We’re living in a time of converging crises: COVID-19, systemic racism, economic freefall, and climate breakdown. In the midst of this terrifying global moment, it can be tough to stay hopeful about the future. That’s why it’s so important to help each other envision the kind of society we can make possible together.
In this spirit of radical hope, we’re proud to partner with our allies at The Leap to promote the inspiring new short film Message from the Future II: The Years of Repair. The film imagines a future in which 2020 is a historic turning point, where the lessons of the pandemic and global uprisings against racism drive us to build back a better society in which no one is sacrificed, and everyone is essential. The Years of Repair shows how we can transform moments of urgent global crisis into catalysts for demanding and achieving a restorative, progressive vision for the future.
Executive producer Naomi Klein said of the film, “At its most profound level, the Years of Repair are a call to repair the broken stories — of supremacy and dominance — that brought us to this harrowing precipice.” Centering the long-standing demands of Black and Indigenous movements, the film paints a future where an Indigenous Land Back program has returned far more land to Indigenous jurisdiction.
This Indigenous Peoples Day, the Indigenous-led organization dedicated to building Indigenous power NDN Collective who also partnered in the film’s release, launched a campaign by the same name: LANDBACK. Violent militarism has defined the U.S. settler colonial project since it began. As Lakota historian Nick Estes traces in his book Our History is the Future, “The founding of the United States was a declaration of war against Indigenous peoples.” The U.S. military emerged out of the wars against Native Americans. State violence and surveillance against Indigenous people continues to this day, a continuation of the violent wars of conquest that began centuries ago.
One site of such colonial violence is along the United States’ southern border, where Indigenous people are leading resistance against the construction of the border wall. Tohono O’odham, Akimel O’odham and Hia-Ced O’odham tribes have lived in the Sonoran Desert long before borders were drawn through the so-called Americas. The international border erected between what is currently the United States and Mexico cuts through ancestral O’odham homelands and the construction of a border wall is now violently desecrating those homelands.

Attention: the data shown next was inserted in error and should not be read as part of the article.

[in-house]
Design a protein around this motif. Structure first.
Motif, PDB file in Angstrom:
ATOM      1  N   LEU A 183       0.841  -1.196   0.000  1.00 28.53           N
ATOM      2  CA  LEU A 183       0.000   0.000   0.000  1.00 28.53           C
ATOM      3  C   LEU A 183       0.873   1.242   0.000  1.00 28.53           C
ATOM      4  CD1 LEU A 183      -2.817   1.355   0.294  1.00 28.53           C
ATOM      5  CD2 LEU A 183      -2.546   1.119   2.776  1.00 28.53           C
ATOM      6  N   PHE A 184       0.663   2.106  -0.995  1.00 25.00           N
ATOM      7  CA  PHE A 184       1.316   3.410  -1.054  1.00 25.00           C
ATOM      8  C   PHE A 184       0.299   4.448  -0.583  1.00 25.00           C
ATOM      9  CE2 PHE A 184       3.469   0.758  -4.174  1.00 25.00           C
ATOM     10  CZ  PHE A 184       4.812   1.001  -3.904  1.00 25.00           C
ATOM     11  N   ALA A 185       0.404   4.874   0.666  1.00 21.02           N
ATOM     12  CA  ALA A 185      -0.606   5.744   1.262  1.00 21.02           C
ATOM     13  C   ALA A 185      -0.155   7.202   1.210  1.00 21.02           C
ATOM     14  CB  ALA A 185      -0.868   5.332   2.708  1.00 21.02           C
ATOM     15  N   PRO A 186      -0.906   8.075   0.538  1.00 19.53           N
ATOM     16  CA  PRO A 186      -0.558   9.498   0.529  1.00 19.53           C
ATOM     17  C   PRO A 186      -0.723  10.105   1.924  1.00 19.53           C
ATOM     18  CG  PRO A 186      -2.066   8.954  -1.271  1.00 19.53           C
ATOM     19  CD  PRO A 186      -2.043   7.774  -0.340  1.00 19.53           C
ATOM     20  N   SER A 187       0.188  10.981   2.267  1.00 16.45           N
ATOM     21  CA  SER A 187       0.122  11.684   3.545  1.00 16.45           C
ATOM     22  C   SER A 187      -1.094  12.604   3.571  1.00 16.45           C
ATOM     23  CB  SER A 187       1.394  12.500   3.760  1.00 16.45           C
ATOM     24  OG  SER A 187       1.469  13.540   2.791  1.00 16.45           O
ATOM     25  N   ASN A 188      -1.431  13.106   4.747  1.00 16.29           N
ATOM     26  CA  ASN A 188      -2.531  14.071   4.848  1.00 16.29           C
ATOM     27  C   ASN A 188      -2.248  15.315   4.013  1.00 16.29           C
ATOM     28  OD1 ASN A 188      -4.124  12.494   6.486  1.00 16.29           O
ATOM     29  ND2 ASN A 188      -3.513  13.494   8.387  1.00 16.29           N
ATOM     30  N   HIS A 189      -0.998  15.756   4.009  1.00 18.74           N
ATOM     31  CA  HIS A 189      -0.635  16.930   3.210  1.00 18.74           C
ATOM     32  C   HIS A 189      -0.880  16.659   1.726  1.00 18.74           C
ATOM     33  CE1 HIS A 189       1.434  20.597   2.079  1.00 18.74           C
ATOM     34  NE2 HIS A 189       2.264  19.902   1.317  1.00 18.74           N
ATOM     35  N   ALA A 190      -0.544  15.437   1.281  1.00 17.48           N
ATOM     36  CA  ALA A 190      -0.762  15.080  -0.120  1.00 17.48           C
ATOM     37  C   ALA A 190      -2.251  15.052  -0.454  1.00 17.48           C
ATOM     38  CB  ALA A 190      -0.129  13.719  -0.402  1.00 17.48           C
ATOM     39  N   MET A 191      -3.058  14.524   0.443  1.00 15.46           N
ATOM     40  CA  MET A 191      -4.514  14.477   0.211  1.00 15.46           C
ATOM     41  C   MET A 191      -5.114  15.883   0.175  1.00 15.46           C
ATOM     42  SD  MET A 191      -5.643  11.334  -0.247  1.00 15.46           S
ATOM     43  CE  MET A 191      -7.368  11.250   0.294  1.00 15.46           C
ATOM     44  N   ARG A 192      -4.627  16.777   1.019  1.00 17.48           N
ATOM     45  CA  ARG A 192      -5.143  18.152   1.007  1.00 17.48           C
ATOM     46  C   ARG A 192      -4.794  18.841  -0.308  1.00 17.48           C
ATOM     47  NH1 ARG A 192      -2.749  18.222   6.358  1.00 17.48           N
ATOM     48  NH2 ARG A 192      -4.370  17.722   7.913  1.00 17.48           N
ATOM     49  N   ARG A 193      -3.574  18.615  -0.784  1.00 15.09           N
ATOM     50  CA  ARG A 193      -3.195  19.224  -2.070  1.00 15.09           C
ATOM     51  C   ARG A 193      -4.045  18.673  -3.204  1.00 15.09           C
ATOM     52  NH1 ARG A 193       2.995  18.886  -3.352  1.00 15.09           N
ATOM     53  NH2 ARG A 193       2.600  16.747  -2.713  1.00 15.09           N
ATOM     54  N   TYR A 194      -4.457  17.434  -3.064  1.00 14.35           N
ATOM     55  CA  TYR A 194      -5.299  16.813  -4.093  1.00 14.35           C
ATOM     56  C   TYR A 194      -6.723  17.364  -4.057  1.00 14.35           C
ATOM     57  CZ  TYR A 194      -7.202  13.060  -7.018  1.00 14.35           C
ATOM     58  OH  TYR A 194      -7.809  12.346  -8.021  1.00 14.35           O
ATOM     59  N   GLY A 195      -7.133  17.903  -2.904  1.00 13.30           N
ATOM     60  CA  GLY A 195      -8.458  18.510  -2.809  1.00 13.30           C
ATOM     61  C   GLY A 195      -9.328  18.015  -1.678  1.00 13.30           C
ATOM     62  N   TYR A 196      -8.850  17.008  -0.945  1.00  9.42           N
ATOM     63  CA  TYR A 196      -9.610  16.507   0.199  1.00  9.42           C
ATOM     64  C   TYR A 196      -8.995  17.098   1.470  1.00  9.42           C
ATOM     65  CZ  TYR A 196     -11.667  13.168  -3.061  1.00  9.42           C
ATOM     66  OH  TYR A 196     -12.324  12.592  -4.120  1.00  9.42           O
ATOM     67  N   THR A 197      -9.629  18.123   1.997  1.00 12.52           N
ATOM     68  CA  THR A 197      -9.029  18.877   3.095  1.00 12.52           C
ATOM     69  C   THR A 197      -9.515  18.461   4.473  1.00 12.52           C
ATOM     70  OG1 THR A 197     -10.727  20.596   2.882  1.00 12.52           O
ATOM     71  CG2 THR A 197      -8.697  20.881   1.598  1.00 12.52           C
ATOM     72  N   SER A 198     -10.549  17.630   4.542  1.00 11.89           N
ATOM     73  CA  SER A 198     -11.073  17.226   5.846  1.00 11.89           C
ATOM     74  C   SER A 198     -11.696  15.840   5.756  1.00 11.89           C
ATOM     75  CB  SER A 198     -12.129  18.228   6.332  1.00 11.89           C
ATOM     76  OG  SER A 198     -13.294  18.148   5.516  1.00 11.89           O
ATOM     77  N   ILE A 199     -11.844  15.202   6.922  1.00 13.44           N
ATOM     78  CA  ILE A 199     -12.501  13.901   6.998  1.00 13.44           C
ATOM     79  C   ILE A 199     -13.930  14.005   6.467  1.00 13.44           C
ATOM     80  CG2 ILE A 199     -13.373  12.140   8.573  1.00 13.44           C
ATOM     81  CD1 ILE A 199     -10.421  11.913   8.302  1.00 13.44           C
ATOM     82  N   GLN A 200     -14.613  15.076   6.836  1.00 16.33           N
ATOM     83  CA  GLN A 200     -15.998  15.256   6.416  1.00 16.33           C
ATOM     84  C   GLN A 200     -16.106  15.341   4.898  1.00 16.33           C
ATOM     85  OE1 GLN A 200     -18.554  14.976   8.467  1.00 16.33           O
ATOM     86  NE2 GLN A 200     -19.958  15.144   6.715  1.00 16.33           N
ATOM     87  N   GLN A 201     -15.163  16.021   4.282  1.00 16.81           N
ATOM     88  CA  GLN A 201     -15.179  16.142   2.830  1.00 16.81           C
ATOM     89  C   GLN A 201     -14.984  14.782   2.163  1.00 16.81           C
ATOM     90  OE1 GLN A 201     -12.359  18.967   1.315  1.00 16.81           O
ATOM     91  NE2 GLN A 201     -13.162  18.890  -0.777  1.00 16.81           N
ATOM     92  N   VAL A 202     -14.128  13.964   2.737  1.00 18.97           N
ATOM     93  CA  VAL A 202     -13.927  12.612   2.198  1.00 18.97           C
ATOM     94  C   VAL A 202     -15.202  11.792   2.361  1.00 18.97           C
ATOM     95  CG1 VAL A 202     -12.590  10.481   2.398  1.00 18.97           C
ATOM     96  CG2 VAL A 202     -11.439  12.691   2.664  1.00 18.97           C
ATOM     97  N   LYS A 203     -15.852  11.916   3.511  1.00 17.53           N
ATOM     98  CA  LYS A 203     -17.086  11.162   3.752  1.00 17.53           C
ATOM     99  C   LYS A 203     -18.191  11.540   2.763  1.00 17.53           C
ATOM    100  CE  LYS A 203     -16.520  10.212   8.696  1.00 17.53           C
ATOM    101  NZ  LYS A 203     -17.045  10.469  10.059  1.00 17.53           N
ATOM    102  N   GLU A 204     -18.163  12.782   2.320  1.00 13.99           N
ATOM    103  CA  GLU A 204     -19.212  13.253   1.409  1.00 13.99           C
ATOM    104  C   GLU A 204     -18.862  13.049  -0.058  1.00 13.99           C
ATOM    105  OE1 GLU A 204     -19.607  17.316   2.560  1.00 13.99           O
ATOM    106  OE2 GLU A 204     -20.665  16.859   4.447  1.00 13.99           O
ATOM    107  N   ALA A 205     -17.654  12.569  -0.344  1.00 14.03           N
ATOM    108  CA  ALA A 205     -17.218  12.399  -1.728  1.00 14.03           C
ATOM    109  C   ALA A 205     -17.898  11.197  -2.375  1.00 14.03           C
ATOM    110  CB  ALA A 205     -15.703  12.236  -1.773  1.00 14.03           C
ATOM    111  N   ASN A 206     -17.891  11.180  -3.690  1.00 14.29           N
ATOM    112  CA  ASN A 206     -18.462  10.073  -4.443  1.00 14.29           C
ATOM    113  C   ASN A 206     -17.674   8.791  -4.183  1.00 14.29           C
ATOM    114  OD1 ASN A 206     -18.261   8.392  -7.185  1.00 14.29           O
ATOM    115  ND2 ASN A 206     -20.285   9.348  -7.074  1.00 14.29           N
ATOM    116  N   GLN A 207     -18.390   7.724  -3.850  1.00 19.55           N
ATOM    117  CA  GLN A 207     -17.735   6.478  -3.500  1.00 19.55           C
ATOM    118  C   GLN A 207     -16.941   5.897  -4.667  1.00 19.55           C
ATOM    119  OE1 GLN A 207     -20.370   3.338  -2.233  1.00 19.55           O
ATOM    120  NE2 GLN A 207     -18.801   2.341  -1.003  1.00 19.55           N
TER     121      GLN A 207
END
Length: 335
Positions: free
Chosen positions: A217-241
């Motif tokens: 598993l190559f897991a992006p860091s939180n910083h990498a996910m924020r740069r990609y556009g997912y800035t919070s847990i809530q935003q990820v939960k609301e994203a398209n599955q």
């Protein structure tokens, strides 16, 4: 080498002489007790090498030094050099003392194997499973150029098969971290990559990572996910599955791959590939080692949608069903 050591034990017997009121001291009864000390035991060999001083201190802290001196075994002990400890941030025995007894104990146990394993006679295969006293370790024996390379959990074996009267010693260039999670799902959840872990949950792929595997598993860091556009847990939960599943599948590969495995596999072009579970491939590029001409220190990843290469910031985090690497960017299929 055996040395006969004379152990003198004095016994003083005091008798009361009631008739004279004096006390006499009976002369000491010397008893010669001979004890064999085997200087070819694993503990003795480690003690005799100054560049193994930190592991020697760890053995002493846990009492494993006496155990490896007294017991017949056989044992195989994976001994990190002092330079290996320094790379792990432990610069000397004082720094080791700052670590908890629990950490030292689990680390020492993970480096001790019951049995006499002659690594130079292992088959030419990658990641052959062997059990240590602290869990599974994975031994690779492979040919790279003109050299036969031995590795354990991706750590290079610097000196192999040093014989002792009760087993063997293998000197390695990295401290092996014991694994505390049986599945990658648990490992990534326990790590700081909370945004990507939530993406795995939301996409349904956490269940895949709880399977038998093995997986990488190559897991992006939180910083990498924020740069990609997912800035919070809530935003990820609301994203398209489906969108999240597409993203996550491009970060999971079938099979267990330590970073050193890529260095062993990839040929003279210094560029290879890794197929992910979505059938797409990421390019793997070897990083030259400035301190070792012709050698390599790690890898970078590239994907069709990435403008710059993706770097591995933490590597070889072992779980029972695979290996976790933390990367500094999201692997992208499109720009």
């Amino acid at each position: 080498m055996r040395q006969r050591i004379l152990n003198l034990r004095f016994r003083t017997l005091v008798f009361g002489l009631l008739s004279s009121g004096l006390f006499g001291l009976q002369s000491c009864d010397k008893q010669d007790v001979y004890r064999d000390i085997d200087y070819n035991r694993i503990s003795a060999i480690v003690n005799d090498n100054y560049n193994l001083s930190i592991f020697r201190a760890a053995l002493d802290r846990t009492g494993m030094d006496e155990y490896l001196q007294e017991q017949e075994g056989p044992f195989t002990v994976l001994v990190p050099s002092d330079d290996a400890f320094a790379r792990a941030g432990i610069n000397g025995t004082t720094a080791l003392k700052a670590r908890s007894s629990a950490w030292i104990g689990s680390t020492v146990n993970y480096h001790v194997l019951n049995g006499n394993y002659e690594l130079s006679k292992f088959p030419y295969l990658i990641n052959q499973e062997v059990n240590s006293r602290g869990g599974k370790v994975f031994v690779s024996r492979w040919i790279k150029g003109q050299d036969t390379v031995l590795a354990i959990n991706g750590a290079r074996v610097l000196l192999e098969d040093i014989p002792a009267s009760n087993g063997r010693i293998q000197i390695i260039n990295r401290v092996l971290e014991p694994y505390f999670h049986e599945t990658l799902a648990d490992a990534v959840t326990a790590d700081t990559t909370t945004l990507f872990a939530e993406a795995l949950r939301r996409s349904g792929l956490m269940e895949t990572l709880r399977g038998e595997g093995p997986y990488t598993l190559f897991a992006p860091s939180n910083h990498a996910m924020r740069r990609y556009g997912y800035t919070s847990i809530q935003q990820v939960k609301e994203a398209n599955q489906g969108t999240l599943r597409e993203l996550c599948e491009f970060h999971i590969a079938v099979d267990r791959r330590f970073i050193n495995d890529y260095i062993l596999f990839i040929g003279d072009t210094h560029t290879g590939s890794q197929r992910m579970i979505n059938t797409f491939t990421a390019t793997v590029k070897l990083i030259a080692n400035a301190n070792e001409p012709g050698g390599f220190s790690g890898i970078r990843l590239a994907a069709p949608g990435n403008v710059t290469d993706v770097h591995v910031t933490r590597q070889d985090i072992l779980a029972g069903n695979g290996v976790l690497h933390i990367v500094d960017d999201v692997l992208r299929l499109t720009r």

Indigenous people have not only been impacted by the construction of the border wall, but the militarization of the entire region by the border patrol. Land and water protectors who have organized to peacefully defend O’odham land have been met with harsh, often militarized, repression. This comes as a recent federal appeals court concluded that diverting money from the Department of Defense budget to fund a border wall on the US-Mexico border was unlawful.
But as the Years of Repair film artfully portrays, another way is possible. Indigenous voices, knowledge, and movements have always embodied this truth. A People’s Orientation to a Regenerative Economy guides us through policy solutions that put us on track for that future, wherein Indigenous sovereignty and values are front and center. The Red Nation’s Red Deal is a liberatory platform for climate justice, grassroots reform, and revolution. And the LANDBACK campaign offers a framework to get Indigenous lands back into Indigenous hands and to undo the power structures that created the conditions for Indigenous dispossesion in the first place.
As Conor Varela Handley, NDN Collective LANDBACK Campaign Organizer explains, “We are living in an era of unprecedented environmental change and destruction, where Indigenous Peoples worldwide continue to caretake a large portion of the Earth’s remaining biodiversity and carbon sinks. Returning land to Indigenous hands is the quickest, most effective form of environmental protection and climate action.”